0011 0820 Econ Dev

May 13 — the day the Wisconsin Supreme Court overturned the Safer at Home order — sent many communities throughout Wisconsin scrambling. Fond du Lac County wasn’t one of them.

On May 14, cities including Appleton and Green Bay, and counties including Brown, Outagamie, Winnebago and Manitowoc, put their own orders in place. By May 15, most had lifted them, saying the orders wouldn’t stand up to legal challenges.

While its neighbors worked through the uncertain time, Fond du Lac County skirted much of the confusion, thanks to careful planning, says Sadie Parafiniuk, president and CEO of Envision Greater Fond du Lac. The organization, along with public health and other county leaders, presented one unified message: You may reopen, but do so safely and responsibly, she says.

“This chaos just made it so much worse for businesses, for law enforcement and for people in general, and in our county, there was none of that,” Parafiniuk says. “We were calm here in Fond du Lac. It was a good day Wednesday night and Thursday.”

Parafiniuk, who began her role in April, may have walked into a less-than-ideal situation, but she and Envision staff members moved quickly to prepare for the likelihood the state Supreme Court would strike down the order.

Envision spearheaded the creation of and led a task force aimed at preparing for a safe reopening. The group included county-wide representation and public health officials, health care organizations, businesses, nonprofits and faith organizations.

Subcommittees addressed issues such as community health, child care and schools, personal protective equipment acquisition, business reopening guidelines and workforce re-entry. The task force created signage and posters, and Parafiniuk says the collaboration and co-branding between Envision and health care organizations and public health helped inspire confidence.

For now, the task force has disbanded, with the option of reconvening if the situation changes. Parafiniuk says Envision’s focus has shifted to economic development and supporting businesses now and in the future.

“Our economy is going to look a lot different, and unfortunately, some businesses are going to close and never reopen,” she says, pointing to Fond du Lac’s Schreiner’s Restaurant, which cited the pandemic in announcing its decision to close after 82 years.

Parafiniuk says Envision is updating its economic development and strategic plans, and the county has a robust revolving loan fund available to help businesses, a resource the organization will continue to promote.

While the pandemic has led to struggles for many businesses, Mercury Marine got a boost in late May when it entered an agreement with BRP to become the supplier of choice for BRP boat brands Alumacraft, Manitou, Quintrex and Stacer. BRP recently announced it would discontinue production of its Evinrude outboard engines, which were made in Sturtevant.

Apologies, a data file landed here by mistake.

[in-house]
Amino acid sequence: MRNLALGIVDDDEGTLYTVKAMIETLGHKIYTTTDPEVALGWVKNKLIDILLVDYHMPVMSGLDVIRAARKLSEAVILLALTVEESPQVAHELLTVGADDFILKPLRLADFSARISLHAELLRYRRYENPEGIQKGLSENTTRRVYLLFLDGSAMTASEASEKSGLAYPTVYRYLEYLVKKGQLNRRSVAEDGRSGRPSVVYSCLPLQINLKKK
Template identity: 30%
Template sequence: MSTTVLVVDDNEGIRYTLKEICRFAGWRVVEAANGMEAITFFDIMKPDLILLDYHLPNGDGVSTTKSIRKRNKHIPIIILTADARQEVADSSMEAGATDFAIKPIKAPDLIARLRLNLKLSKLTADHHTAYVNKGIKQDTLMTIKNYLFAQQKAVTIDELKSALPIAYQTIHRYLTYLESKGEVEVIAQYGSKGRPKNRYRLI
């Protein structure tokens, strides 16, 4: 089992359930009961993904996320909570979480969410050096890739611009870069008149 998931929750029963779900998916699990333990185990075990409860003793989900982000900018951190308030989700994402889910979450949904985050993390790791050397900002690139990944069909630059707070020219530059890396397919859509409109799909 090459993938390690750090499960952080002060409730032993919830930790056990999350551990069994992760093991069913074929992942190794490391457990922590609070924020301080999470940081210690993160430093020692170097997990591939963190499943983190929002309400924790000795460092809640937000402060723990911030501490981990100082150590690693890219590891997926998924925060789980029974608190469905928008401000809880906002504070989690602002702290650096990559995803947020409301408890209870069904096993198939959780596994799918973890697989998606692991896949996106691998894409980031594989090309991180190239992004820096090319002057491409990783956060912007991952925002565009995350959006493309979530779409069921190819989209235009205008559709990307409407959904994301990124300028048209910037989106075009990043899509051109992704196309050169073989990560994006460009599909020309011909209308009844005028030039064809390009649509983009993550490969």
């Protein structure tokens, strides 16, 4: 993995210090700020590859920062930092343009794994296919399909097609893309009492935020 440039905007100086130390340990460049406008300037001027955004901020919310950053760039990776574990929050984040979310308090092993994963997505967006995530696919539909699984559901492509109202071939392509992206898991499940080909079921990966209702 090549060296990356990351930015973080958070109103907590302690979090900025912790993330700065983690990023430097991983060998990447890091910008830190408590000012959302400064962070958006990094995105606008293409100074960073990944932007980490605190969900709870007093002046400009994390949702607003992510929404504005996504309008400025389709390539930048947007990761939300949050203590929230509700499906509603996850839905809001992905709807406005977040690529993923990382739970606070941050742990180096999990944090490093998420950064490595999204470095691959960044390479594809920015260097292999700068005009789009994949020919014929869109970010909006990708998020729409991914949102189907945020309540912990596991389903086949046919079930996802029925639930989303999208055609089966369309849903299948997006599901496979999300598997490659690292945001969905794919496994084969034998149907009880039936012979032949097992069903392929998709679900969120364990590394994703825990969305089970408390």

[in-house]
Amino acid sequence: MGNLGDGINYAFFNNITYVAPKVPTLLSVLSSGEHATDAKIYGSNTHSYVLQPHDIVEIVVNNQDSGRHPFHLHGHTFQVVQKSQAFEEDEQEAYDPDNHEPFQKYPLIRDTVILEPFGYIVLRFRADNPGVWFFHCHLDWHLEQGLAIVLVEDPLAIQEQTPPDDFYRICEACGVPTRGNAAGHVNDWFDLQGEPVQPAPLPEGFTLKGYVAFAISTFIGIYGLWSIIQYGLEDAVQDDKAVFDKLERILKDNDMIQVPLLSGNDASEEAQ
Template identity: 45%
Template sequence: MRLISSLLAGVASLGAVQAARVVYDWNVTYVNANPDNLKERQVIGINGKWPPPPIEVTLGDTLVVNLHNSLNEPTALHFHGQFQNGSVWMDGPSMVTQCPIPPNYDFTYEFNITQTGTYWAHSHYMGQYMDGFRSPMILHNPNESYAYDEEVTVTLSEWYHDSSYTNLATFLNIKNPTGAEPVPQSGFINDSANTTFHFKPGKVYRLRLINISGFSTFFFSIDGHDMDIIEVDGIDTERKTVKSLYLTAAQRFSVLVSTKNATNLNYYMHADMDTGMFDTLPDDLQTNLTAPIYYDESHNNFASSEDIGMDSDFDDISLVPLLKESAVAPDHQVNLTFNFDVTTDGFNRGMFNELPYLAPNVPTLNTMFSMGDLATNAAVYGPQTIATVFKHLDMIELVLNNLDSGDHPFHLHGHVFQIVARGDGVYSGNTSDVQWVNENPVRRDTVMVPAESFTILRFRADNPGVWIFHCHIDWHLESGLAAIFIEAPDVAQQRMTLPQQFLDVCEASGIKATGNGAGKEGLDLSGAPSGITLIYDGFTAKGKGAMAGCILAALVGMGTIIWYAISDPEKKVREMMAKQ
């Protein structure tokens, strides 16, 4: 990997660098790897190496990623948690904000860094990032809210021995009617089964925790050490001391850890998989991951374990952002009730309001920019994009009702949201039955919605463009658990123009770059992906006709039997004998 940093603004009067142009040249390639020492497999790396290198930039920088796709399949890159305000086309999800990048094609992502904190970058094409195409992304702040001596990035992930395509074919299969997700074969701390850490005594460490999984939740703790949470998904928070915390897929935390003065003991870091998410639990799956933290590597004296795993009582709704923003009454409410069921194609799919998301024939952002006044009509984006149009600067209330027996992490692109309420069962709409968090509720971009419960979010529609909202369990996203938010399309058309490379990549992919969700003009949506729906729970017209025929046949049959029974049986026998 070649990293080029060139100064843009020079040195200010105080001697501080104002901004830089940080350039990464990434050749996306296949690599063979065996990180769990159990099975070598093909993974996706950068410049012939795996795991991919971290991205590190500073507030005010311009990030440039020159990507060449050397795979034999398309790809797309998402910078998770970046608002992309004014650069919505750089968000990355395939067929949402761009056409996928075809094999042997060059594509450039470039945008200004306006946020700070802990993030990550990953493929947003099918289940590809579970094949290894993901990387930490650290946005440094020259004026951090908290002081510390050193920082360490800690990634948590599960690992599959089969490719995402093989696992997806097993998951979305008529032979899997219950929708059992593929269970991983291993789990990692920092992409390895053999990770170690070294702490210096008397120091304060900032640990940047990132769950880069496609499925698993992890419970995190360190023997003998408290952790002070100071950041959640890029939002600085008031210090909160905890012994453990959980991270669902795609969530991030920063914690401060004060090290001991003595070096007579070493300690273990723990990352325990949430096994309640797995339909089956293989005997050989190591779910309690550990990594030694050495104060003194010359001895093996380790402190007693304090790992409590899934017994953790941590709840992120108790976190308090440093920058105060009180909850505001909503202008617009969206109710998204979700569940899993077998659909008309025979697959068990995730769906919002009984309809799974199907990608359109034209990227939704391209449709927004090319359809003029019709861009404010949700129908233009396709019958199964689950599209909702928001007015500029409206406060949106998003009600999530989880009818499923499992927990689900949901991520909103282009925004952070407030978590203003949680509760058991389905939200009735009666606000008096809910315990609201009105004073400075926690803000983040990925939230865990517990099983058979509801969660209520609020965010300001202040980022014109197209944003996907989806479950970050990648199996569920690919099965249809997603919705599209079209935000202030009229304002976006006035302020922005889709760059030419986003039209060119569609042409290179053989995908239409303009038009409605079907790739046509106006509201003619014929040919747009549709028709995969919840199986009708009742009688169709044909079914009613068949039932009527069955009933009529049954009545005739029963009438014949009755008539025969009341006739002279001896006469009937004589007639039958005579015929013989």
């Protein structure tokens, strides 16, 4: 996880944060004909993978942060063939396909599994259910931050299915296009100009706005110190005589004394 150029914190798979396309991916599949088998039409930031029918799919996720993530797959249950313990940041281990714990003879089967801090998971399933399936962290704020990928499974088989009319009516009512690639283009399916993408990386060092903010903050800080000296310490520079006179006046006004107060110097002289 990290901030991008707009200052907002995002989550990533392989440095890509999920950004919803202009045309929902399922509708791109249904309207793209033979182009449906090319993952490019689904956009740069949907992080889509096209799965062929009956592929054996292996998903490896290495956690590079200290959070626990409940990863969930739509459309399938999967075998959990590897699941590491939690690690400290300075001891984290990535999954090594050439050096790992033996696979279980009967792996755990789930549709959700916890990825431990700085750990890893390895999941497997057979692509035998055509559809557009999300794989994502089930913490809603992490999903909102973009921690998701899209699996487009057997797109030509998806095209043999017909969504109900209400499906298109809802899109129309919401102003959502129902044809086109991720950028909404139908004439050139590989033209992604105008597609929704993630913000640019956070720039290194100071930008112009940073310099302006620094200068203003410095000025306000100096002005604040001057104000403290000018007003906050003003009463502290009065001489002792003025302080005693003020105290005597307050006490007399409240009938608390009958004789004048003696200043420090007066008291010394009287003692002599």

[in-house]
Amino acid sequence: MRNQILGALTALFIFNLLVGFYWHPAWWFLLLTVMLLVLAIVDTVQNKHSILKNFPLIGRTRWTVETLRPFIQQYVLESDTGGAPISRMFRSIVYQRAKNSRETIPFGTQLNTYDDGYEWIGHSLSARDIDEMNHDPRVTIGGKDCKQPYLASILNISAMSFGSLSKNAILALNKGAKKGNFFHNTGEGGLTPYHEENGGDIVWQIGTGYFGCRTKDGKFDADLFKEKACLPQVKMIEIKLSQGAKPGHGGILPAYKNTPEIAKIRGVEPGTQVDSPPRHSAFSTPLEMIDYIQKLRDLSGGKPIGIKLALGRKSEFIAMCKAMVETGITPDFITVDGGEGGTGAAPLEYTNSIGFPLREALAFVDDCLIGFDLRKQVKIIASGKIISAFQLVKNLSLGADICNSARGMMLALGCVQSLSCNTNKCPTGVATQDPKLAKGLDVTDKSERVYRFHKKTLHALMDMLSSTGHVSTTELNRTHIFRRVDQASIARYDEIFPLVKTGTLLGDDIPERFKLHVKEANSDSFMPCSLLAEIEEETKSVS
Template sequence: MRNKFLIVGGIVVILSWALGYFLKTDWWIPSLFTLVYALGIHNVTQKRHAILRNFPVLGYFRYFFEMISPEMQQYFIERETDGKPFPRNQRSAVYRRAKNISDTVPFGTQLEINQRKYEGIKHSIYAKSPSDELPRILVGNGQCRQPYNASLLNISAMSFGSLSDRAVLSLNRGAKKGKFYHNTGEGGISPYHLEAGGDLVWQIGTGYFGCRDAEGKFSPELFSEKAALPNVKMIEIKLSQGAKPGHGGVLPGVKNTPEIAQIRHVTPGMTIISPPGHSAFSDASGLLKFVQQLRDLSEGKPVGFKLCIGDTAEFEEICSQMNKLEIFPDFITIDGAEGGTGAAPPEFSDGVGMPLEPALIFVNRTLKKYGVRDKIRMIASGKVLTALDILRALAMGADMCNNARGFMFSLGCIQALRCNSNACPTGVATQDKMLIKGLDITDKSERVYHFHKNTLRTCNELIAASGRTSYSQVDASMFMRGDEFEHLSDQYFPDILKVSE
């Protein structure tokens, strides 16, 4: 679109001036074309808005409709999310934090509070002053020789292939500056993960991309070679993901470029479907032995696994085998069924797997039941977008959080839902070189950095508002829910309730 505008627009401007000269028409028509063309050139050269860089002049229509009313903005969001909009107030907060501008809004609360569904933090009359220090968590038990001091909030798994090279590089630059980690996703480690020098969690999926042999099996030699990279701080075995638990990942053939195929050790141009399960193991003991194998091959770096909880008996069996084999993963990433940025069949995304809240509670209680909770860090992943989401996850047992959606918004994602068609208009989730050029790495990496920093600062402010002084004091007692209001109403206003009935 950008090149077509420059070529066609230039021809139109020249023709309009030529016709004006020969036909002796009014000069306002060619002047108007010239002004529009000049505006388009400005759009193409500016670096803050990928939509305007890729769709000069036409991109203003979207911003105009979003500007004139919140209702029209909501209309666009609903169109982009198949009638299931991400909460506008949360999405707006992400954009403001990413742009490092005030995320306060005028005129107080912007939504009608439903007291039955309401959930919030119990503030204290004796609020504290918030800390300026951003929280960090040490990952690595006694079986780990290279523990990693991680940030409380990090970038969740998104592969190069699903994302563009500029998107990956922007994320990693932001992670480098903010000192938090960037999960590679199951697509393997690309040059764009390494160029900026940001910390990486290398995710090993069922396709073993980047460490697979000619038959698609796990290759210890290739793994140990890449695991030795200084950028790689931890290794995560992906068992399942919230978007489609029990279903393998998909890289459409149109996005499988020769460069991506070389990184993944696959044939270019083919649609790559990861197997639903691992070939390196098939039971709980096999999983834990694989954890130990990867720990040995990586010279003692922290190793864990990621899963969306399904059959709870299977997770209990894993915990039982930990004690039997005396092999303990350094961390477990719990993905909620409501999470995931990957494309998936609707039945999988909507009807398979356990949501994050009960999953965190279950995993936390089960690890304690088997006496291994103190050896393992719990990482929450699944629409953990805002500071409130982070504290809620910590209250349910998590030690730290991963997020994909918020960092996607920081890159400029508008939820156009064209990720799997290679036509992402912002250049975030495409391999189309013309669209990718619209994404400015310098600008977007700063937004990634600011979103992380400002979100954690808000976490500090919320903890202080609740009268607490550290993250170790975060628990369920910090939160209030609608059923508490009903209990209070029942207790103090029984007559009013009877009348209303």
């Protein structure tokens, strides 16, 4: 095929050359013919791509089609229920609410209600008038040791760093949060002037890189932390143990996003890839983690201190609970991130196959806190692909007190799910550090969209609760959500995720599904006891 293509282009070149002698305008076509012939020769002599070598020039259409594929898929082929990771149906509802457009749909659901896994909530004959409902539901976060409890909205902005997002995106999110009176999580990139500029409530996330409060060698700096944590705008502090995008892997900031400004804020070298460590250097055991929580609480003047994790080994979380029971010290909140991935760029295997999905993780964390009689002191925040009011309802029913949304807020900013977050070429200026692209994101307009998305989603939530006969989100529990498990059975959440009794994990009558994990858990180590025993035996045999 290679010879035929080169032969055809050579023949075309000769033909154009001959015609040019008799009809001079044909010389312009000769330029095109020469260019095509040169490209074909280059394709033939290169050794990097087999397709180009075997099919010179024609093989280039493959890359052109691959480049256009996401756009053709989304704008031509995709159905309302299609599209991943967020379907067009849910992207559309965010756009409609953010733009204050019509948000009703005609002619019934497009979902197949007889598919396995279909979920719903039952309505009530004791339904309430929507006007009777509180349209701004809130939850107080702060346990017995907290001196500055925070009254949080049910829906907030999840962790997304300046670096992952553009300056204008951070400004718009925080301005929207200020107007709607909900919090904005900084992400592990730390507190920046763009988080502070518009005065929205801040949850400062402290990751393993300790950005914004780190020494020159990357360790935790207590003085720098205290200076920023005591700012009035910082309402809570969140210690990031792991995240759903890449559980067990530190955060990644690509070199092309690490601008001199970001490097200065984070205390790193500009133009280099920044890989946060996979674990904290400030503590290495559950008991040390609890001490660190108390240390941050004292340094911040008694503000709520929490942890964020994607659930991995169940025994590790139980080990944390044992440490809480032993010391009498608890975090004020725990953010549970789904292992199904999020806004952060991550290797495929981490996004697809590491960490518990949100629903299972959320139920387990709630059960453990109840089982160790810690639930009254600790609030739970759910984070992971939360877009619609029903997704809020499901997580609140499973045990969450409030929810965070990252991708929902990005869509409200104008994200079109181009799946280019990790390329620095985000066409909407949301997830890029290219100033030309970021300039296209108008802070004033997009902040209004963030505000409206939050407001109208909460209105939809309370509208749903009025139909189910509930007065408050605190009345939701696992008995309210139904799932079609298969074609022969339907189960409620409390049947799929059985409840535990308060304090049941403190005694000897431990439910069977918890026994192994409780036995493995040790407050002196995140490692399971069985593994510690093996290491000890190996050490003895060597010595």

“This agreement brings us an incredible opportunity to further grow our brand in the marketplace and introduce our award-winning portfolio of outboard engines to new customers around the world,” Mercury Marine President Chris Drees said in a press release.

Green Lake regroups

When the Heidel House Resort & Spa in Green Lake closed in March 2019, it dealt a blow to the economy of the small community. Indeed, Green Lake County saw its tourism dollars decrease from $42.8 million in 2018 to $36.2 million in 2019, a 15.4 percent drop.

Lisa Beck, who was recently named executive director of the Green Lake Area Chamber of Commerce, said the loss also affected her organization, forcing it to cut 75 percent of its marketing budget.

While the closure of the iconic resort has taken a toll, Beck says the county still provides many appealing options for visitors, including golf, biking and, of course, lake life — all of which also allow for social distancing. Green Lake’s Fox Tale Brewing crafts ginger beer, which it also sells at Town Square Tap at Millpond Terrace. The community continues to offer abundant cabin rentals and bed and breakfast options, including Mill Street Haven, which also offers cooking classes.

Beck says finding a new owner for the Heidel House remains a priority, but she’s also looking at additional ways to draw more visitors. “The town square is a huge asset for us, and we need to keep the momentum going on that and keep it vibrant. Right now, it’s the anchor bringing people into the community,” she says.

In nearby Berlin, Community Development Director Lindsey Kemnitz says the city is working to meet the need for more housing. “We’ve definitely had a shortage of housing within our community,” she says. “We’re hearing it from the workforce side. Our employers have people who want to move here for a job, and they can’t even find a place to live,” she says.

A duplex project in the works will bring 16 units to Berlin’s north side. Kemnitz says the city hopes the duplexes will open more options for older residents, which will then open more existing housing options for younger families.